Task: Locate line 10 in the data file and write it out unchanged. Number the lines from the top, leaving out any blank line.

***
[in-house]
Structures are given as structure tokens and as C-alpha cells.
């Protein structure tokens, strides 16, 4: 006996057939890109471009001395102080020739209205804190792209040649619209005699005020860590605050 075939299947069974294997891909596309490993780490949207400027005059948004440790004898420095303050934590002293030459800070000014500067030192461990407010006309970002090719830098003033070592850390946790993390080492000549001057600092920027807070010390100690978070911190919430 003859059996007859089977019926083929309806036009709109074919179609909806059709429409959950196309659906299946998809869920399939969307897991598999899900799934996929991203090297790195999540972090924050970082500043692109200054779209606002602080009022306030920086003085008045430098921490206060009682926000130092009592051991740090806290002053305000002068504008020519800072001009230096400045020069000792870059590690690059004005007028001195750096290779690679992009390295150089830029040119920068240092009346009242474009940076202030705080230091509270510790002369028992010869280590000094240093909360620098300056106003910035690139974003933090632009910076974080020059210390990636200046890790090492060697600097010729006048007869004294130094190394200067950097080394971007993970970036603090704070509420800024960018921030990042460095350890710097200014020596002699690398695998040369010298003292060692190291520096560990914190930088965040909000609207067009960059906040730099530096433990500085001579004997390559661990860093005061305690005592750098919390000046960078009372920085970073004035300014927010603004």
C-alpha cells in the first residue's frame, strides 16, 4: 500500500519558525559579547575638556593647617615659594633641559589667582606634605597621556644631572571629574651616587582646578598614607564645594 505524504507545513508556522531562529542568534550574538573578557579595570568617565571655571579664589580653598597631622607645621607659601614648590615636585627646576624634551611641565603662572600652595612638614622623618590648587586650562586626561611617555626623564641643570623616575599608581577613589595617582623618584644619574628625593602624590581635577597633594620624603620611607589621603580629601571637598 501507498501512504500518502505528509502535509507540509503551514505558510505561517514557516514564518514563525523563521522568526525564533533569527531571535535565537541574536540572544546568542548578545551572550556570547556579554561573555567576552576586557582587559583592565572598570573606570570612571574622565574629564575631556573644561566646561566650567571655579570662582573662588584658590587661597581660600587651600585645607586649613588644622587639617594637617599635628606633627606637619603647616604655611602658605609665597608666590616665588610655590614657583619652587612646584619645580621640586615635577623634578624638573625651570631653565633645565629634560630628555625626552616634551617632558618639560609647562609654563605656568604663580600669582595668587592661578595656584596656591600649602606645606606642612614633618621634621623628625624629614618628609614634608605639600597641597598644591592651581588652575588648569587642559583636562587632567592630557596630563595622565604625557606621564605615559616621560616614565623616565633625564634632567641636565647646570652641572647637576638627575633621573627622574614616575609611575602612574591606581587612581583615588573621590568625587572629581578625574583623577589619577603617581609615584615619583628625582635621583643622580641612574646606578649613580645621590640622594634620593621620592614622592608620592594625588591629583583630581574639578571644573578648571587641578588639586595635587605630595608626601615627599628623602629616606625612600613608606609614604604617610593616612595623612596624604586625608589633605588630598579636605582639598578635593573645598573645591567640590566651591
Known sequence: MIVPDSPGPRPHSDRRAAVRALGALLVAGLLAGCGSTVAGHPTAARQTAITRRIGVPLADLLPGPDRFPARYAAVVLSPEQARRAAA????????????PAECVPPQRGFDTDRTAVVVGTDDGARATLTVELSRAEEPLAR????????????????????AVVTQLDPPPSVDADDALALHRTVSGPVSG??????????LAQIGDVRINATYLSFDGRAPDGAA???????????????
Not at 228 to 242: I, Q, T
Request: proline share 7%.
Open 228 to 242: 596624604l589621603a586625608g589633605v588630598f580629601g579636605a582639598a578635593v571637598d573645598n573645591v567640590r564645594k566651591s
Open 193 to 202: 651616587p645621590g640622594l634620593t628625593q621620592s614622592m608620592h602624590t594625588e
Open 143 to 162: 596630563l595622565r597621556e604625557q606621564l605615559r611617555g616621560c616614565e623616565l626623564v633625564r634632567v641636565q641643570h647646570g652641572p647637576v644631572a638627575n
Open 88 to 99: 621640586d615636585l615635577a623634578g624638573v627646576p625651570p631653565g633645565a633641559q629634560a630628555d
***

Open 143 to 162: 596630563l595622565r597621556e604625557q606621564l605615559r611617555g616621560c616614565e623616565l626623564v633625564r634632567v641636565q641643570h647646570g652641572p647637576v644631572a638627575n